For many advertisers, targeting sports fans is the way to go and car companies are high on the list of sponsors in the various football codes at the elite end of the sport.
But, when it comes to those who actually take part in various sports, the picture changes dramatically according to Roy Morgan Research, which spent 12 months talking to around 50,000 people about the sport in which they participate rather than watch as spectators.
The results are surprising.
For example, despite AFL being one of Australia’s parochial sport favourites, it ranks a mere 11th on the Roy Morgan National Sports Participation report.
But if your dealership or your auto brand really wants to identify with a group with a massive common interest you would be advised to look no further than people who walk for exercise.
Roy Morgan found that walking for exercise is Australia’s most popular sport or activity.
It reported this week that almost half of adult Australians, or 47.9 per cent, regularly go for a vigorous stroll. That is a group common interest of something like 10 million people, and the number has risen by around 800,000 participants since 2014.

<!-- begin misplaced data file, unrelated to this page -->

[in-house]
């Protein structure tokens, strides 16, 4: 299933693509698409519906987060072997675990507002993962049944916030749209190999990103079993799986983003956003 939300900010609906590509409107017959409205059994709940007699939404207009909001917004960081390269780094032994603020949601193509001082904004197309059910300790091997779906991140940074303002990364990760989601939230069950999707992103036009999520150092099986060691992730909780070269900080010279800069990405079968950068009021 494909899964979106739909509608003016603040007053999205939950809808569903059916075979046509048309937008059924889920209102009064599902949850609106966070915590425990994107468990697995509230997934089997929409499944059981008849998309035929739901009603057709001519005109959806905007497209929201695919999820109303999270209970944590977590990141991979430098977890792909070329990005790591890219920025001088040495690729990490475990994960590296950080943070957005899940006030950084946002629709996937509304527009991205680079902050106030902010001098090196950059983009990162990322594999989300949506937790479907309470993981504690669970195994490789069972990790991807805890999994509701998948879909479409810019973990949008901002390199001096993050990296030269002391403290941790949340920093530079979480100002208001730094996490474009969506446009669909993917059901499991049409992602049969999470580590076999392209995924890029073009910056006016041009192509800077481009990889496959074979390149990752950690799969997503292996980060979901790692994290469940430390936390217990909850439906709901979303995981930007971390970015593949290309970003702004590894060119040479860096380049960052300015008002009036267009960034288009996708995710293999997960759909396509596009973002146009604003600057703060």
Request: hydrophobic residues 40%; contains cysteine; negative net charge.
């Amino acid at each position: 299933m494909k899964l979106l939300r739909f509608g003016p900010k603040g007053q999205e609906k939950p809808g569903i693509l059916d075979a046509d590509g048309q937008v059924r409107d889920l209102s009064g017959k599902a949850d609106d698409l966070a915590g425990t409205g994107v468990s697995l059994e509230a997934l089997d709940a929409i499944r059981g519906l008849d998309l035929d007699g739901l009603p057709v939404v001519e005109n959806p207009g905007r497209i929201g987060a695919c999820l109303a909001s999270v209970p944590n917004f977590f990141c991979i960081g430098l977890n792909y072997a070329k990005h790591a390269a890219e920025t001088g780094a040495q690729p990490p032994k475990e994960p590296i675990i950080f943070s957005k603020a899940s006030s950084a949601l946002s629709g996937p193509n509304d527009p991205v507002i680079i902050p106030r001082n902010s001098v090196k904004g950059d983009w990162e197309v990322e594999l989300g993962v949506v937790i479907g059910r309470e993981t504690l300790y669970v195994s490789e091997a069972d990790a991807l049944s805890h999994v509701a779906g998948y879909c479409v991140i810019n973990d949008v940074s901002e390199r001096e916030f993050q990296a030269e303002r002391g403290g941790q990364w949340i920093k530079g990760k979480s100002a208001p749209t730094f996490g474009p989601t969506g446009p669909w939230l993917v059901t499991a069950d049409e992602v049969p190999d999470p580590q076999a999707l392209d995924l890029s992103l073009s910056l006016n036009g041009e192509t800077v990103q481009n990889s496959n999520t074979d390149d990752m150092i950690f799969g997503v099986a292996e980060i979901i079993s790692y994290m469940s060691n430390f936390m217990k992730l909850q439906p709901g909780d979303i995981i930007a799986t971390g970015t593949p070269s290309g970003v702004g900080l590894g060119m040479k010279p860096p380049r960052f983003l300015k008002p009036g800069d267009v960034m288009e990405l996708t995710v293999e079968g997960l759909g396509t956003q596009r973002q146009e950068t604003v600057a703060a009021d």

Roy Morgan CEO Michele Levine said walking for exercise is easily the most popular sport or activity undertaken regularly by Australians. It is more than three times as popular as going swimming or going to the gym or weight training.
“Nearly half of Australian adults regularly go walking for exercise,” she said.
Ms Levine said that for younger Australians, aged between six to 13 years old, swimming (47.7 per cent) marginally pips soccer (45.7 per cent) as the most regular sport or activity undertaken.
“The world game is ranked far ahead of rivals Australian football (18.2 per cent), Rugby League (11.0 per cent) and Rugby Union (4.8 per cent),” she said.
“Team sports dominate for Aussie kids with 10 of the top 20 sports reliant on the involvement of a team.
“In contrast, only three of the top 20 sports in which Australians aged 14 and over regularly participate are distinctly team sports – soccer (3.0 per cent), basketball (1.9 per cent) and netball (1.6 per cent).
“There is also a huge gap between the levels of participation between the different age groups. Virtually all sports and activities measured on both surveys show higher rates of participation for kids aged six to 13 years old than those aged 14 and over.
“Of the sports and activities measured on both surveys it is swimming that ranks highest.”
By Neil Dowling